Department of Defense:
Medical Conditions and Care for End-of-Service Military Working Dogs
GAO-17-358: Published: Mar 10, 2017. Publicly Released: Mar 10, 2017.
DOD has used military working dogs at home and abroad to assist and protect servicemembers by helping to detect explosives or other threats. After completing their service, the dogs can be adopted, transferred to a law enforcement agency, or euthanized.
Based on available data, we found that the most prevalent medical conditions for dogs adopted during 2014 and 2015 included skin conditions, dental disease or dental injury, and musculoskeletal issues. The owners of adopted military working dogs are responsible for the costs of their veterinary care, although some assistance is available through non-profit organizations.
Photo of a military dog at work.
What GAO Found
The Department of Defense (DOD) uses three systems to track information about Military Working Dogs (MWDs), including information related to their removal from service at which time they can be put up for adoption, transferred to a law enforcement agency, or euthanized for health or behavioral reasons. According to an Air Force official, the number of MWDs adopted or transferred over the past 5 years (2011 through 2015) varied based on changes in deployment needs. The number of euthanized MWDs varied to a lesser extent.
Number of Military Working Dogs (MWDs) Adopted, Transferred, or Euthanized from 2011 through 2015
Based on medical data available for 421 of 772 MWDs adopted during 2014 and 2015, GAO found that the most prevalent medical conditions included skin and dental issues. An Army veterinarian told GAO that these medical conditions are unlikely to result in MWDs' removal from service as these conditions generally can be treated or resolved. Other prevalent medical conditions, such as arthritis, are associated with musculoskeletal issues, which are more likely to result in MWDs' removal from service. The veterinarian told us these types of musculoskeletal issues are common in breeds maintained by the MWD program, which include Labrador Retrievers, Belgian Malinois, and German Shepherd dogs.
While owners of adopted MWDs are responsible for the costs of veterinary care, some assistance with these costs is available through nonprofit organizations, such as the U.S. War Dogs Association. Individuals with access to DOD medical care—such as active-duty servicemembers and their dependents—may also purchase care for their adopted MWDs at veterinary clinics located at military installations. However, the types of veterinary services vary by installation, and some installations do not offer any veterinary services.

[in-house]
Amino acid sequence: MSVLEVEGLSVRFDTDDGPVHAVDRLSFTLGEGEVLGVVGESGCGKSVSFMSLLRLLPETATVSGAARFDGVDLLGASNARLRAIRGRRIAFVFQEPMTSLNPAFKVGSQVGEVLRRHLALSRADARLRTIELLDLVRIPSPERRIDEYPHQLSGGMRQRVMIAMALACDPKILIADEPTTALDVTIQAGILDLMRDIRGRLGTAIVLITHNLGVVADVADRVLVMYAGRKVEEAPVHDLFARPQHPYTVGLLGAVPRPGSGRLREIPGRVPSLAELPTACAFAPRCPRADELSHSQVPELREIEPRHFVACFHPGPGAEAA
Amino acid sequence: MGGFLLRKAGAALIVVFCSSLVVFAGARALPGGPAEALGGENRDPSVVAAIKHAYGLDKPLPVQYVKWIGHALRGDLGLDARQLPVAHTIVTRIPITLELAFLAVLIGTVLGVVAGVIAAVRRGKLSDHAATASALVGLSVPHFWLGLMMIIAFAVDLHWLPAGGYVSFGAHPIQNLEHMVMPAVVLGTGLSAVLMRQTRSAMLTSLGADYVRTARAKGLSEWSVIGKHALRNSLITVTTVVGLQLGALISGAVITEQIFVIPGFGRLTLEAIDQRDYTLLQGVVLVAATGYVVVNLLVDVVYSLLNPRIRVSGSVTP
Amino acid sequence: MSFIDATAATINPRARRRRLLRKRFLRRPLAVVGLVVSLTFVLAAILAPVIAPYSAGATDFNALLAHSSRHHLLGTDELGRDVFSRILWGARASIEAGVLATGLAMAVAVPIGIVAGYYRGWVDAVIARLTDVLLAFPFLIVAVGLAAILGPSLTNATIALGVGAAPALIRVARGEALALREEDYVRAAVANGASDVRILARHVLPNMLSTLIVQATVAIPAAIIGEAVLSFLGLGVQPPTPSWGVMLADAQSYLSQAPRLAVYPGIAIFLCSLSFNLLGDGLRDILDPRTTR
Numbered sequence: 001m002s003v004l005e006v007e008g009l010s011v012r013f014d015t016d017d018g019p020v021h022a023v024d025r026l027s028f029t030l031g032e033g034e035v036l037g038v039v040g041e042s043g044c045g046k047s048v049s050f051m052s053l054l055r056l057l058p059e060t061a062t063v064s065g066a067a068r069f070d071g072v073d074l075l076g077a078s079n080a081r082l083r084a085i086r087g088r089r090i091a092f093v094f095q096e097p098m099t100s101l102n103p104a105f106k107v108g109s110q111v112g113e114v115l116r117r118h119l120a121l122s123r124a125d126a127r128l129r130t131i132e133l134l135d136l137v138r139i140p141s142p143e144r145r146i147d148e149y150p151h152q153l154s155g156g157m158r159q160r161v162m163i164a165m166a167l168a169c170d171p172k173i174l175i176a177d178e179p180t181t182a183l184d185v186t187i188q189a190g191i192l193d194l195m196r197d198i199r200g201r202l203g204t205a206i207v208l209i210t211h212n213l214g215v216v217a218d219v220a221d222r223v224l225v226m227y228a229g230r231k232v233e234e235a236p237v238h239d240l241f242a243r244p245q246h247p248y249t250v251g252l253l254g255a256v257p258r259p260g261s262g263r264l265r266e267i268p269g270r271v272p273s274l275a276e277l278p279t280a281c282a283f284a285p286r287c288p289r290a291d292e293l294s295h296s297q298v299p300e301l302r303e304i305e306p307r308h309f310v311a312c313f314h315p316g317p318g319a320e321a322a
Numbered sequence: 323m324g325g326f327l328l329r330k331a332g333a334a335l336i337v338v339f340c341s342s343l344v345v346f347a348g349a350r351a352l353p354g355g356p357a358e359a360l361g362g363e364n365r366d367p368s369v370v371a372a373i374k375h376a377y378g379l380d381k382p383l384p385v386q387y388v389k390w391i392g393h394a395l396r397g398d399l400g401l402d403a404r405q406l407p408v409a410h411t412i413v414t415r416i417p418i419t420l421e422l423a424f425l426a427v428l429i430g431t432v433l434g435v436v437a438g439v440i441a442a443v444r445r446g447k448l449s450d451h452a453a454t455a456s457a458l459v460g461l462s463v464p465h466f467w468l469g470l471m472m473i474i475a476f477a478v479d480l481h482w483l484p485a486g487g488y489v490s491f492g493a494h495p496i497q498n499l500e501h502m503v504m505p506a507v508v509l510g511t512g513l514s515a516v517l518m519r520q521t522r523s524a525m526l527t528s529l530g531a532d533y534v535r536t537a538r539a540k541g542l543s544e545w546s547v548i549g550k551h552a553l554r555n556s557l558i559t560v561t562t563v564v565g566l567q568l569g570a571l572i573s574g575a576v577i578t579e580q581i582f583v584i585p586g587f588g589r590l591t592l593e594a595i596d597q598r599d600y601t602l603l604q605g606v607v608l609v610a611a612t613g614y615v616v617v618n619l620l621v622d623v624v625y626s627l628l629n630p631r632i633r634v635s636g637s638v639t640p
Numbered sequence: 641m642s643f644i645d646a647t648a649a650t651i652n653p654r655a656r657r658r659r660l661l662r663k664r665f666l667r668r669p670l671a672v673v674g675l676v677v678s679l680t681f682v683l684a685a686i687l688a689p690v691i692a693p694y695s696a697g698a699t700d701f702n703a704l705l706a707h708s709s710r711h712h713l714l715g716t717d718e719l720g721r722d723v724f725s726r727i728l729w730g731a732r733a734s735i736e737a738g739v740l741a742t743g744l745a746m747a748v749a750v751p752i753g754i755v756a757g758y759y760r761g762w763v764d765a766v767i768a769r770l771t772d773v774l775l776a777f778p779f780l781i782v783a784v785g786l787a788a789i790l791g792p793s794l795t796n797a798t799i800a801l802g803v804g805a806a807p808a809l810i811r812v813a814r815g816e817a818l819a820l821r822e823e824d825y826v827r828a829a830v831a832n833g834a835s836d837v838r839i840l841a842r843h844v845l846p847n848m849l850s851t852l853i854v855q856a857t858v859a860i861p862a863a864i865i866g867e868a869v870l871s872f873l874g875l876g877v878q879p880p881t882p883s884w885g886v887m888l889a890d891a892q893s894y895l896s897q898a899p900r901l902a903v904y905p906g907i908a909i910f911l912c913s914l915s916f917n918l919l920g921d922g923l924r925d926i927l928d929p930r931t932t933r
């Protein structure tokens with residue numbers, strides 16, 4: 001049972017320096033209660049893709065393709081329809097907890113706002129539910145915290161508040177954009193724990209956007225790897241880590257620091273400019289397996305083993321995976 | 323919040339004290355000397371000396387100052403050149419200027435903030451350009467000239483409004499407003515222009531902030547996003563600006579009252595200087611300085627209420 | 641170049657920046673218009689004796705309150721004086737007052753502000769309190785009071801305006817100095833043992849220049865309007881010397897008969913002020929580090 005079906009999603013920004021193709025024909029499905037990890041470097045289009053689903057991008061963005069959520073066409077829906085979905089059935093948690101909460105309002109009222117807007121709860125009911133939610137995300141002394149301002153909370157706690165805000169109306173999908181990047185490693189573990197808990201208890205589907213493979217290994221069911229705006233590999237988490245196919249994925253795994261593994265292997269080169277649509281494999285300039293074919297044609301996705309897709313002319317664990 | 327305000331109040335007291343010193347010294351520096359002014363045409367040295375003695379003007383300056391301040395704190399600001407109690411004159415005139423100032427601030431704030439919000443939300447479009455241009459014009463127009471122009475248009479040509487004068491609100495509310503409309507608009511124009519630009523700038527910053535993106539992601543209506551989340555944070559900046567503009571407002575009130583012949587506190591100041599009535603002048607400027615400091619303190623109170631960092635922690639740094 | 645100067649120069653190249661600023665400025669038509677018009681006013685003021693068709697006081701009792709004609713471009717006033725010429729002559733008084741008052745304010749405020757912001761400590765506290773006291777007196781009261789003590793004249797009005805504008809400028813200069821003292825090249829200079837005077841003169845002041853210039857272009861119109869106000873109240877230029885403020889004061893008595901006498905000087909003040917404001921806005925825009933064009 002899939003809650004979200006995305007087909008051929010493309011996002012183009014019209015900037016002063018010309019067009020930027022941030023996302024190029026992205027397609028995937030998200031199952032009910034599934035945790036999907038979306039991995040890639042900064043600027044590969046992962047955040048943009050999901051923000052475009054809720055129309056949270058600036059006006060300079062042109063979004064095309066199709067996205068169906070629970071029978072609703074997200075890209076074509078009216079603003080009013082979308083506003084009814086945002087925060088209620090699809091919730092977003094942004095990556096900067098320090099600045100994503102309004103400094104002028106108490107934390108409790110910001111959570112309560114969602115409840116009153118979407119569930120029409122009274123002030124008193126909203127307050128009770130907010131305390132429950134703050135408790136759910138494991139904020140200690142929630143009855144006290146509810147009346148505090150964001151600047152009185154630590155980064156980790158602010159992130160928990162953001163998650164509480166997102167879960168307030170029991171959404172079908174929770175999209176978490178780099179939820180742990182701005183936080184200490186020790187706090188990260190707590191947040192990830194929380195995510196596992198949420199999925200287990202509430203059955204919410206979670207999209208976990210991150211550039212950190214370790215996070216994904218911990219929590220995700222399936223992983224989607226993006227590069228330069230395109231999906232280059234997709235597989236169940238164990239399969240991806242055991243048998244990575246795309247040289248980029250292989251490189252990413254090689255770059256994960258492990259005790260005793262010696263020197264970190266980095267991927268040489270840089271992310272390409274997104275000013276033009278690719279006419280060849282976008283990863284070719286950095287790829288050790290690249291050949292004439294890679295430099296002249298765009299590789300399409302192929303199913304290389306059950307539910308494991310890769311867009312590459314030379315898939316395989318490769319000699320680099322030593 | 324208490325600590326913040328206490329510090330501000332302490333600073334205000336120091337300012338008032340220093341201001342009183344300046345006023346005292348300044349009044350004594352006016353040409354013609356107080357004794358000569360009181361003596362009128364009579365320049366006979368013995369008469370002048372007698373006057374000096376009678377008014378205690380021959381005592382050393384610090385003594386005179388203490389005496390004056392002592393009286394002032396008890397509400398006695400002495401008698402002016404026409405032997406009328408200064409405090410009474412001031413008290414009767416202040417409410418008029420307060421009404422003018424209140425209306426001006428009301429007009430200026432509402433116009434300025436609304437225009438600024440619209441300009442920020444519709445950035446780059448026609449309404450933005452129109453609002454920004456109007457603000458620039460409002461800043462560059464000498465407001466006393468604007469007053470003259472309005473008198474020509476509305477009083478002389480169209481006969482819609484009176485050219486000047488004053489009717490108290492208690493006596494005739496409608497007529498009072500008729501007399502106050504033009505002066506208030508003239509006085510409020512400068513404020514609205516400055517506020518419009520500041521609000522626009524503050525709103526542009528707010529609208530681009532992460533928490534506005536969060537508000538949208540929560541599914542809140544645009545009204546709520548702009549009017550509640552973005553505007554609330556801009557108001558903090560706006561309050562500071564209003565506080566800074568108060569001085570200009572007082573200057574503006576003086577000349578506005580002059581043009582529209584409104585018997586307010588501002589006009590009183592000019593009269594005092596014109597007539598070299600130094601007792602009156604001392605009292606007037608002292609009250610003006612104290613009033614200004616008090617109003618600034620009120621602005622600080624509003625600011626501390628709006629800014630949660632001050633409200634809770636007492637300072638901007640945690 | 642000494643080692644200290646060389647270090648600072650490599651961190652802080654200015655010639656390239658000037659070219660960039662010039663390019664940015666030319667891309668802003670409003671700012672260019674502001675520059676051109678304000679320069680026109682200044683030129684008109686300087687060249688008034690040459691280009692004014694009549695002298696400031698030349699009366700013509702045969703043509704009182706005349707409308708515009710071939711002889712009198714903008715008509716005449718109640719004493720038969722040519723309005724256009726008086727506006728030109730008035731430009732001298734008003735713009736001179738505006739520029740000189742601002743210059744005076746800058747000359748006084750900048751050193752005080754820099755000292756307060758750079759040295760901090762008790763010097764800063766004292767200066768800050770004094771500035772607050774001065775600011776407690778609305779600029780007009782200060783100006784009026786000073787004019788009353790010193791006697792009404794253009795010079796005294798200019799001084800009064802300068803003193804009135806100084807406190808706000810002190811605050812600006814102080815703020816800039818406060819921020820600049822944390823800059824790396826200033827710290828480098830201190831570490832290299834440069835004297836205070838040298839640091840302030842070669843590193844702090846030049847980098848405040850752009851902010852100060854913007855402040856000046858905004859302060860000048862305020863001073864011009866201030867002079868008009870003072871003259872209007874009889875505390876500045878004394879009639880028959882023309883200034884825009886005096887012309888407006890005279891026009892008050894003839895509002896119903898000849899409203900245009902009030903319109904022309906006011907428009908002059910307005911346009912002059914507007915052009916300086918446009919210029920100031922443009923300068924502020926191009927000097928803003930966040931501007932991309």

Why GAO Did This Study
DOD has used MWDs since World War II to assist and protect servicemembers at installations within the United States and at deployment sites worldwide. As of October 2016, about 1,800 MWDs were in service. The Air Force is responsible for procuring and assigning all MWDs for the military. The Army is responsible for the medical care of all military animals, including MWDs. Questions have been raised as to whether MWDs' experiences during deployment may result in conditions that pose future health challenges. Based on those questions, a House Report accompanying the proposed version of the National Defense Authorization Act for Fiscal Year 2017 included a provision for GAO to assess end-of-service veterinary care for MWDs.
This report examines (1) how DOD tracks information about MWDs, and how many MWDs were adopted, transferred, or euthanized over the past 5 years (2011-2015); (2) prevalent medical conditions of adopted MWDs for 2014 and 2015; and (3) what assistance is available for individuals who adopt MWDs.
GAO obtained and analyzed data from the three systems used to track information on MWDs, observed system demonstrations, interviewed Air Force and Army officials, and reviewed related documentation. GAO also interviewed relevant nonprofit organizations that provide assistance to individuals who adopt MWDs.
DOD concurred with the report and provided technical comments, which GAO incorporated as appropriate.
For more information, contact Debra A. Draper at (202) 512-7114 or firstname.lastname@example.org.